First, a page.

Malingering and Social Welfare Policy
This group seeks to advance the historiography on the role of malingering and feigned illness in building and conceptualizing modern welfare states, and will highlight the persistence and relevance of that history in current debates over health and health policy in the West.
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Daniel S. Goldberg is trained as an attorney, a bioethicist, and a historian. He focuses on law, ethics, and history in public and population health, and has spent virtually his entire academic career studying “contested illnesses” in the West, both past and present. He has published extensively on these subjects, including original peer-reviewed history articles and chapters, and is excited to launch a new phase of inquiry on the deep connections between anxieties over malingering and feigned illness and social policy. His particular approach to this subject draws on his work in intellectual history and the history of objectivity to excavate the ways in which changing ideas about truth, doubt, and certainty in the long 19th c. shape(d) social welfare policies in the Anglophone world.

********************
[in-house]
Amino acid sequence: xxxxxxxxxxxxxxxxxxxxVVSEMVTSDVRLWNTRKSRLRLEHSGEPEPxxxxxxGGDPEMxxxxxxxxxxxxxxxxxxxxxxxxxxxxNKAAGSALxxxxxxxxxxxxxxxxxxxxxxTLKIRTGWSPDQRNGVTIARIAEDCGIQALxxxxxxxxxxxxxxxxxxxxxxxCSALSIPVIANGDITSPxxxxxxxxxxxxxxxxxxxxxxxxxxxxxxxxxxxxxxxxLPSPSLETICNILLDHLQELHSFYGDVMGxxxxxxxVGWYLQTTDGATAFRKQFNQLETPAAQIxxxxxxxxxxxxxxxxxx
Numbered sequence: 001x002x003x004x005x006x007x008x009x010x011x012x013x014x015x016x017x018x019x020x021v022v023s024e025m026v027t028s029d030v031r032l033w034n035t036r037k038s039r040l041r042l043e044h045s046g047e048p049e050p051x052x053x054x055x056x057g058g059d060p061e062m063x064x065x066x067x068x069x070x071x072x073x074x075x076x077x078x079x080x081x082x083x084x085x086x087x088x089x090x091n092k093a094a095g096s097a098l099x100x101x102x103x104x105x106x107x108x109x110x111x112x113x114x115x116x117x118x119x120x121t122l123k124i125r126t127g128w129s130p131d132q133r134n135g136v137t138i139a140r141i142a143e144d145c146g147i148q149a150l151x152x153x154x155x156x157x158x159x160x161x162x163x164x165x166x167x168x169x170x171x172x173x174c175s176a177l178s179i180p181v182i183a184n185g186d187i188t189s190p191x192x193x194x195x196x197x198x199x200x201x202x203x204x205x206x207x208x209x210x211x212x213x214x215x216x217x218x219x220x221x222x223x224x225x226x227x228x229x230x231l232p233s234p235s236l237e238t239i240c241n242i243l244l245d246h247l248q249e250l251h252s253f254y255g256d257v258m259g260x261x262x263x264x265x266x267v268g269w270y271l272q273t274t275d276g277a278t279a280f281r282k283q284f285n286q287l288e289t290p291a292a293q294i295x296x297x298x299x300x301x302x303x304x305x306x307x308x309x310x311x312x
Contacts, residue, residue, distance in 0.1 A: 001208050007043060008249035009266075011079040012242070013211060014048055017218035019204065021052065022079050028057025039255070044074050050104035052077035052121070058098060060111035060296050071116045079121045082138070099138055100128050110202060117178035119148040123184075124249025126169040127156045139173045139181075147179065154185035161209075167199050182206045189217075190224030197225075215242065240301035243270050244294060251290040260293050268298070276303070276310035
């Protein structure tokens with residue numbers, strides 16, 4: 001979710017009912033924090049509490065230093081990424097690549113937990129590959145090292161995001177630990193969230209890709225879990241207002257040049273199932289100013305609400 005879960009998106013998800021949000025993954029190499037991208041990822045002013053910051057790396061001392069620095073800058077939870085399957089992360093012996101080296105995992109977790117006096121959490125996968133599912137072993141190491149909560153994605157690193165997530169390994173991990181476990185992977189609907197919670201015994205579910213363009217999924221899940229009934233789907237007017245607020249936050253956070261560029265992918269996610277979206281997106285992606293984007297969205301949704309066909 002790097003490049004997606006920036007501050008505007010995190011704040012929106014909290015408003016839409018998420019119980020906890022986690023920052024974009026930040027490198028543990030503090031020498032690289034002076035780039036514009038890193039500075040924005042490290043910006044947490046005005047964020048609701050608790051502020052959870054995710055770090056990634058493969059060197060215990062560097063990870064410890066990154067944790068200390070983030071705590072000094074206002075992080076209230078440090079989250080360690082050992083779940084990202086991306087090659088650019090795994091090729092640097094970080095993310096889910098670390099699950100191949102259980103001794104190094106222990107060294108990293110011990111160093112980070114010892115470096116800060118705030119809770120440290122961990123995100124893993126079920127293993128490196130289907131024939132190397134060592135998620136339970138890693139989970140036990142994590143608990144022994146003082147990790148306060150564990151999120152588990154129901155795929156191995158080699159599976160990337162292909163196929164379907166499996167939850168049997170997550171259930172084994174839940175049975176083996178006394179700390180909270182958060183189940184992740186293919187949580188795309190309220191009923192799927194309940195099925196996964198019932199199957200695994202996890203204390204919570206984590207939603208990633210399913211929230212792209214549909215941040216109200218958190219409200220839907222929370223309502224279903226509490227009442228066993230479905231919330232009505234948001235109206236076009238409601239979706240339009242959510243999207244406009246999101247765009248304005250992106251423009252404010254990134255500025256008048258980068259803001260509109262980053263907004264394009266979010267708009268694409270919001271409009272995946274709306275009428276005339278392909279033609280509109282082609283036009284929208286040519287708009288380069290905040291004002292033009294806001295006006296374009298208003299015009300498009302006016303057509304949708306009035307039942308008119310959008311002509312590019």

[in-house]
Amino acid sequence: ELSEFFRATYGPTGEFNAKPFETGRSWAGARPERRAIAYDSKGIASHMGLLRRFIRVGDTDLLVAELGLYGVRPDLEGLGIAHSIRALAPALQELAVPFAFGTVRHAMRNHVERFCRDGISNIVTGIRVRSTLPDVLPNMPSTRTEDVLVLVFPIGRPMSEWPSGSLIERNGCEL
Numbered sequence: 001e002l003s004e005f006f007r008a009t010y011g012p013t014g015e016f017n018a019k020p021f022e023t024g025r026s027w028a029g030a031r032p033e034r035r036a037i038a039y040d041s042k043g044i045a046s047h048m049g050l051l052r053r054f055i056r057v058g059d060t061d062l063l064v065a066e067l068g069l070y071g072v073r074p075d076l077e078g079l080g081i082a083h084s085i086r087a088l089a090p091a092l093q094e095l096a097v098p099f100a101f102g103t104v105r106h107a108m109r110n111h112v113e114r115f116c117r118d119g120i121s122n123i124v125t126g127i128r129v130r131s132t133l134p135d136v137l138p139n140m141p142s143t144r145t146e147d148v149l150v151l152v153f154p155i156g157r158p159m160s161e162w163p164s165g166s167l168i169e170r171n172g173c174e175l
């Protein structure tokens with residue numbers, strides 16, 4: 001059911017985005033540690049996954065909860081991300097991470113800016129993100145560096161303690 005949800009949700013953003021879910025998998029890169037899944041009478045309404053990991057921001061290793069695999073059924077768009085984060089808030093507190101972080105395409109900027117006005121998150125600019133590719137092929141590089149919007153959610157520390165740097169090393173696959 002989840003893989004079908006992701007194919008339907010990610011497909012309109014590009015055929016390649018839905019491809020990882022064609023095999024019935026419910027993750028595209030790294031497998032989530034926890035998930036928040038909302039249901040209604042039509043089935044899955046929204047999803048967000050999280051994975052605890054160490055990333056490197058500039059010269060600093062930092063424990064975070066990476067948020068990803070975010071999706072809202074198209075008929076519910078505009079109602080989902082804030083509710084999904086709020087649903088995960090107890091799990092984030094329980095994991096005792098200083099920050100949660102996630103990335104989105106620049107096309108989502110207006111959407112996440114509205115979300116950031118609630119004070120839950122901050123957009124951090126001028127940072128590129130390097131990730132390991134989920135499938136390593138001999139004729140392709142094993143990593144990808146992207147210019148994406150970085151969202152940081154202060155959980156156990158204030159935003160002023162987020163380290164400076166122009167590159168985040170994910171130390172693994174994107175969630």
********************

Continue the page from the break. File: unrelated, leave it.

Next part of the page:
Upcoming Meetings (all times Eastern)
There are no currently scheduled upcoming events.